For at least 75 local employees of the federal government, the end of a history-making partial government shutdown brings at least a brief return to normalcy. The 35-day shutdown — the longest so far in American history — meant at least two missed paychecks for most employees at the local branches of the U. S. Coast Guard, Forest Service, National Park Service and National Oceanic and Atmospheric Administration.
For a week at the end of December and most of January, all but a few employees at these agencies were either furloughed or working without pay because of the impasse between President Donald Trump and Congressional leaders over the president’s demand for $5 billion to build a border wall.
A temporary measure passed last Friday reopened the government and set the stage for a three-week negotiation period in which a conference committee of Democrats and Republicans will work on a compromise bill to fund the government past the middle of February.
In Seward, the shutdown drew attention to the unpredictability of federal government work — often regarded as very stable employment for career workers — in an era of deeply divided government.
“Luckily our family is in an okay position for the moment, but like any family when you don’t have a foreseeable paycheck that kind of causes some added anxiety,” said Morgan Bernardi, a spouse of a Coast Guard member, in an interview with the Seward Journal before the shutdown ended.
“We are a very lucky to be a dual income family,” she continued. “My husband is in the Coast Guard, but I do work also. But not everybody is married, and not everybody is a dual income family. It’s okay to be concerned for yourself and your family.”
The local response to the shutdown ranged from spontaneous discounts or lines of credit from area businesses to a commitment by city government to waive late fees and penalties on utility bills. Similar pledges came from the Seward Community Health Center and Providence Seward Medical Center.
At the American Legion Post #5 in downtown Seward, nightly meals sometimes fed a couple dozen people, including crew members from the Coast Guard buoy-tender Spar, said Post Commander Clare Sullivan. The Spar is currently in drydock at the Seward shipyard operated by JAG Alaska.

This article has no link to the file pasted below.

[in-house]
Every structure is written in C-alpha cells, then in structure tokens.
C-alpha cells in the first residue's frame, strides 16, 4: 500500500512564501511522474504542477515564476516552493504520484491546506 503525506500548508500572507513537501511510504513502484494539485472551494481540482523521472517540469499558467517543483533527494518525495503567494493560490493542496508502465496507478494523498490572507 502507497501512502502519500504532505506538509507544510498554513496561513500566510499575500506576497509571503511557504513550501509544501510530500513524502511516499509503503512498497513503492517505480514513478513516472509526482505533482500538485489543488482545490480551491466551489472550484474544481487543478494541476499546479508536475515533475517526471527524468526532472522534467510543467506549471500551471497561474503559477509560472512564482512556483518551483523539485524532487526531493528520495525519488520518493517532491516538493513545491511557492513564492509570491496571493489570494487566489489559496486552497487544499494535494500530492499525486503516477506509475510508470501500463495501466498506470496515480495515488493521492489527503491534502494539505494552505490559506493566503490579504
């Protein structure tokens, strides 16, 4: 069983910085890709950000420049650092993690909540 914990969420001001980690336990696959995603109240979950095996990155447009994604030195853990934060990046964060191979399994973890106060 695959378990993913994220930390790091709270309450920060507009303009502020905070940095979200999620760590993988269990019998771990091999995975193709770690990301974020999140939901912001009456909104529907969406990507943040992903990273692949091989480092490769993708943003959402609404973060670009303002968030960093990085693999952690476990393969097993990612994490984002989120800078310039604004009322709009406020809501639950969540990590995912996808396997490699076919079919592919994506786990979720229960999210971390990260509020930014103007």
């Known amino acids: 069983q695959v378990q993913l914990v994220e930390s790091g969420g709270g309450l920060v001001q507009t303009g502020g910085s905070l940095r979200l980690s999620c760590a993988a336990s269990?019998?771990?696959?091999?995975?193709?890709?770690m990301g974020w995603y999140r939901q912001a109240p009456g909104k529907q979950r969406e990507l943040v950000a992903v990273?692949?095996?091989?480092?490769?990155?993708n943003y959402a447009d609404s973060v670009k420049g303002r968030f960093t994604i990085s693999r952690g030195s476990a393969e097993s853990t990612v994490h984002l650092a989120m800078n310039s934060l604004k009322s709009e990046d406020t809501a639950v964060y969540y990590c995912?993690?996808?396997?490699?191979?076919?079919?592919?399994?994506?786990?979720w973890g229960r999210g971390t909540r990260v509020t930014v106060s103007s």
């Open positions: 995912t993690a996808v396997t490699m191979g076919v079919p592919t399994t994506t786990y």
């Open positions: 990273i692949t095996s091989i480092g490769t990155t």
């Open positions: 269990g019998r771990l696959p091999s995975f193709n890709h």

The He Will Provide food bank opened an extra day for two weeks during the shutdown, in order to be available for unpaid federal workers, said volunteer Jackie Campbell. The food bank also received part of a large donation of dry goods made by Glenn Dick of Kodiak, who made his donation to support Coast Guard members in the Gulf Coast area.
Dick donated enough food to fill a twenty-foot shipping container, said Fay Herold, who helped distribute the food. The donation was split between Kodiak, Homer and Seward, with Seward receiving a short flatbed stacked with food.
Coast Guard members from the Mustang and the Spar helped unload the food and organize it in the food pantry’s space in the basement of the City Hall annex building. Campbell said that the donation was undoubtedly the largest the food bank had received in her time volunteering there.
“Between the Legion and the food bank, I think we got everything we needed,” said Lt. Tony Borruso of the Coast Guard Cutter Mustang.
Federal ethical guidelines restrict what government may receive as gifts, complicating the effort to support unpaid workers during the shutdown. Around $7,000 raised through a GoFundMe page organized to support Coast Guard members had to be redirected to a Coast Guard affiliated civilian non-profit, Herold said.
Here are the numbers of federal employees that went without pay during the shutdown at four agencies in Seward.
At the Coast Guard, 20 active-duty members stationed in Seward were required to work without pay for the duration of the shutdown, according to Coast Guard spokesperson Lauren Dean. That number includes the 18 crew members of the Coast Guard Cutter Mustang and two employees in Seward’s Marine Safety Detachment. Additionally, the 48-member crew of the Spar was in Seward during the shutdown.
Of the 38 employees in the Forest Service’s Seward Ranger District, all but three were furloughed, said Seward District Ranger Francisco Sanchez. Sanchez and two law enforcement officers continued working.
Twenty employees at Kenai Fjords National Park were furloughed, out of a total complement of 25, according to the National Park Service’s Office of Public Affairs. Two additional employees were on regularly scheduled administrative furlough, while three remained on the job.
Finally, the two law enforcement officers for NOAA’s National Marine Fisheries Service split their time, with one off work at any given time, said NMFS spokesperson Julie Speegle.